Nowadays there is not usually much malice involved; it is the way people have been taught and formed; but without a strong Catholic formation, they easily pick up their ideas and attitudes from a world that is increasingly at odds with the Catholic faith; they are easily swept along with the current of the times; they are hardly likely to lay down their life for Jesus Christ.

Now we all like to think we are smart and modernism, like atheism, appeals to our desire to be thought ‘smart’. Further, the founders of modernism really were very smart and well educated people.

So, I am going to give you a very simple answer to modernism. Jesus, rejoicing in the Holy Spirit, said: I give you praise, Father, Lord of heaven and earth, for although you have hidden these things from the wise and the learned you have revealed them to the childlike. (Lk 10:21)

Now there are some among the wise and learned, who are also childlike. One of these, the recently canonized St. John Henry Newman, a 19th century English convert from Anglicanism, famously wrote, almost by way of anticipation of the modernist heresy, “Ten thousand difficulties do not make one doubt.” (Apologia, Ch. 5)

To doubt the faith is to think, willingly, “Well, maybe it isn’t true after all.” Once we have believed in God, there is never any valid reason to doubt. Our minds might be overwhelmed with all sorts of questions and difficulties, but our minds are weak, fallible, and easily deceived. God is true. God is sure. So, when overwhelmed by difficulties we must simply repeat, like a little child, “I believe.”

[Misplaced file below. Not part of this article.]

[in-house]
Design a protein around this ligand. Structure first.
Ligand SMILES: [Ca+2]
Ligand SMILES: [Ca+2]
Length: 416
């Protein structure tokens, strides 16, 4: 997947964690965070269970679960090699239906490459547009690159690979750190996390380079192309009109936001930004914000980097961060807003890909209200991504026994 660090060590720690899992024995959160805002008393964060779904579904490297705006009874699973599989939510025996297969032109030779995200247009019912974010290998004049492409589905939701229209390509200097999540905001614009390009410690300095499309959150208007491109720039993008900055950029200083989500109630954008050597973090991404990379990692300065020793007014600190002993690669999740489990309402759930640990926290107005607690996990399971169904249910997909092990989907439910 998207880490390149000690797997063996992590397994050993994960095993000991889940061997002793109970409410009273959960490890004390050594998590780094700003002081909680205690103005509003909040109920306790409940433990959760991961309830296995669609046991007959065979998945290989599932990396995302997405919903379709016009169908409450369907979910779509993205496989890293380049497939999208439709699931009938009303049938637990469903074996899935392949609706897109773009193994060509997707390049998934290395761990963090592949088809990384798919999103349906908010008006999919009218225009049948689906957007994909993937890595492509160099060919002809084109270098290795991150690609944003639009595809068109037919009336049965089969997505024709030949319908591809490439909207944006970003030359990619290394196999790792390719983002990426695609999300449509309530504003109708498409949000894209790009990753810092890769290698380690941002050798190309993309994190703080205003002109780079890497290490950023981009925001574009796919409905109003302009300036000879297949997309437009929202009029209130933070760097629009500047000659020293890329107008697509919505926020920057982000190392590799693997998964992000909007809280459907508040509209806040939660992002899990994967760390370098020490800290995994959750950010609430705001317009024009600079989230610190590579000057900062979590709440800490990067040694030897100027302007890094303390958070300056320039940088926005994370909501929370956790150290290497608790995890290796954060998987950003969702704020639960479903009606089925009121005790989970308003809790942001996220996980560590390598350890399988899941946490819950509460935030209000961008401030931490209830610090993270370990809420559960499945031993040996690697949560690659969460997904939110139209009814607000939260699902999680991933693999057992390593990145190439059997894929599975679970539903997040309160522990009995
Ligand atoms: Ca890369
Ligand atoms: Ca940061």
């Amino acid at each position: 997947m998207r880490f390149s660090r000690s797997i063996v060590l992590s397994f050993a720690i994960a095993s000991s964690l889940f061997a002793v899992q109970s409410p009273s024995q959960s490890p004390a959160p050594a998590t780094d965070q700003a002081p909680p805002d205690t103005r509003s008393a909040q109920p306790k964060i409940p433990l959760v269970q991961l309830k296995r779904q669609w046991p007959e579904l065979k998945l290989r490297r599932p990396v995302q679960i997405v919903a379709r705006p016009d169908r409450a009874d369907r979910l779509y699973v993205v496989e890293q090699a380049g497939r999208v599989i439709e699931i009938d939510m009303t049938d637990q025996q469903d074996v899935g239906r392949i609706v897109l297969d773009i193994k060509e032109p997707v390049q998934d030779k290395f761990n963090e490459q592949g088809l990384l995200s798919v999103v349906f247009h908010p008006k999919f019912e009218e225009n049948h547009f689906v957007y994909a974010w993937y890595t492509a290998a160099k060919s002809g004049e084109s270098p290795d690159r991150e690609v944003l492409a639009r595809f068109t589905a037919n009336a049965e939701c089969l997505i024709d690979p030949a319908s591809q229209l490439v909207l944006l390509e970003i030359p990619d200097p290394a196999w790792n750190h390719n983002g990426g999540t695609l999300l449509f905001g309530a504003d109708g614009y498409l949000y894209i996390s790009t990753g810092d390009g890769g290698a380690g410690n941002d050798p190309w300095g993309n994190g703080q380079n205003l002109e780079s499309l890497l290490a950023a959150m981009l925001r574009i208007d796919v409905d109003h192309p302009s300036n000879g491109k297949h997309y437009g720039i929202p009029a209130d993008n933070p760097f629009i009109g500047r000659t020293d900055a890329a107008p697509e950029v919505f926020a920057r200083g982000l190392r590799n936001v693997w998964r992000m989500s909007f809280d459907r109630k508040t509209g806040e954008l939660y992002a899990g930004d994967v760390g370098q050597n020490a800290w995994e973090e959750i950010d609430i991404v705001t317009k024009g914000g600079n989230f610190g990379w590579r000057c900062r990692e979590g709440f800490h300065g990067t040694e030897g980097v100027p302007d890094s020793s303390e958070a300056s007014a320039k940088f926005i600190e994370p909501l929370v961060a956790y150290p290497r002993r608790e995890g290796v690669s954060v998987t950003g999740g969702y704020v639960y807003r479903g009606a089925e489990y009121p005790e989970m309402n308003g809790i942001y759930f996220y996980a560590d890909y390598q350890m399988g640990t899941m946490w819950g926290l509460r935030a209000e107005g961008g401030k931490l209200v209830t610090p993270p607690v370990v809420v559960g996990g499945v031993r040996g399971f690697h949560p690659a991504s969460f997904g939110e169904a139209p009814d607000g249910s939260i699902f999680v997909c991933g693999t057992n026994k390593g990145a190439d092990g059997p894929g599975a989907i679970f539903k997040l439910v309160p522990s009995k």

The Lord told us to pray always without growing weary, but as little children we are weak and need a mother. So when we find that our faith is assailed, let us turn as little children to our Mother, the Virgin Mary, Our Lady of the Rosary of Fatima, and pray:

O Mary, you were a bright and shining lamp of faith in the darkness of Good Friday.

You have now come from heaven, a Lady resplendent with the light of God, to light up our faith in the middle of a faithless and darkened world.

With your rosary teach us to pray and help us to believe.

I believe and I know you exist.

Therefore, I believe and I know your Son, Jesus Christ, the Son of God, exists.

Therefore, I believe and I know God exists.

In this faith, may I believe and firmly hold all that the Catholic Church holds and teaches and has always and everywhere held and taught.

Whatever doubts and questions may assail me, help me to hold fast to this precious gift of faith.

In this faith help me to abandon myself with complete trust into the hands of Jesus and do whatever he tells me.

Amen.

 

 

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Fr. Joseph Levine graduated from Thomas Aquinas College and after a long journey was ordained to the priesthood for the Diocese of Baker, Oregon. He currently serves as pastor of St. Peter Catholic Church in The Dalles on the Columbia River.